The MINOS experiment has now ended. This event was the last beam neutrino we recorded.
Latest Events in various online classifications
Time is in GMT (6 hours ahead of CST). The big window to the right is an "end-on" view, the two small windows in the upper left are top and side views, and the graphs in the lower left are additional timing information. This link has a more detailed explanation of what you're looking at.
Please note that the event classification is based on a fast online reconstruction and is only indicative.
The cosmic ray muon rate in the MINOS Far Detector is about one every couple seconds. This page refreshes once every ten seconds to reduce web load.
Almost all of the tracks shown in this display are produced by cosmic rays, which are produced by high energy particles from space hitting the upper atmosphere. They are around us on both the surface and for about two miles underground all the time. Only about one in a million events observed in the MINOS far detector comes from the neutrino beam from Fermilab. In fact, this is why the experiment is so far underground. On the surface (without all that rock to slow down the cosmic rays) seeing the very rare neutrino would be 100,000 times harder. Click here for more information about the experiment.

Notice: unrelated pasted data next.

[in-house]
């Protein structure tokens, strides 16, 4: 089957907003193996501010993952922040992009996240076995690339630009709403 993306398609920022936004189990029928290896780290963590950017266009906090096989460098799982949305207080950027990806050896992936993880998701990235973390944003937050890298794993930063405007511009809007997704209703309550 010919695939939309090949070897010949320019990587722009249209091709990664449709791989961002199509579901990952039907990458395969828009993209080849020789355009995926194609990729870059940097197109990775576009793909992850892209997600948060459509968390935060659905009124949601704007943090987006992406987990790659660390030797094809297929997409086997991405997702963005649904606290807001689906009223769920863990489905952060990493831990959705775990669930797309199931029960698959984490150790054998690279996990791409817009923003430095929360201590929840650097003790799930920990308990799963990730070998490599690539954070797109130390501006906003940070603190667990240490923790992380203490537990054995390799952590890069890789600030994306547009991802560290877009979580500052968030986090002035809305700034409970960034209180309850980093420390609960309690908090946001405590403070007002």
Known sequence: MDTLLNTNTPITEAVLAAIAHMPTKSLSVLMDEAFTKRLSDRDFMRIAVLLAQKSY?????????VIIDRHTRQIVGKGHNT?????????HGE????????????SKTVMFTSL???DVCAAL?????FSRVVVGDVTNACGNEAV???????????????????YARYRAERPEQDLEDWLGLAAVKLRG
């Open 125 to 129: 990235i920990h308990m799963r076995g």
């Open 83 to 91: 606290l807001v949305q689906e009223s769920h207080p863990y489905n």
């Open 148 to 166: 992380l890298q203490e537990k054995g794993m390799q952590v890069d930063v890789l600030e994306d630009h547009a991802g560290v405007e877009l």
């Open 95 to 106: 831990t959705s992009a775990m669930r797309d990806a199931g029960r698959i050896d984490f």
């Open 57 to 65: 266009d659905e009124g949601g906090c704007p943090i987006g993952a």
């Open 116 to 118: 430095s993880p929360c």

Here is a picture of our first beam-neutrino event seen in the Far Detector! In this event, the neutrino interacted in the rock in front of the detector, and the resulting muon entered the south face of the detector, spiraling in the magnetic field, before stopping in the second half
Here is a 3D rendering of a beam muon-neutrino interaction seen in the far detector. Note that it starts inside the detector where the neutrino interacted with an iron nucleus to produce a charge muon lepton. The resulting muon travels through many layers of steel, producing light as it goes (which are reconstructed to be the dots seen in the image). As the muon loses energy the detector's magnetic field causes it to curve more strongly, and the muon eventually runs out of steam and stops. Both the distance traveled and the degree of curvature produce a muon momentum estimate of 3.5 GeV/c. A different view of this event, showing how alternating U and V views are used to localize the path of the particle in MINOS is here.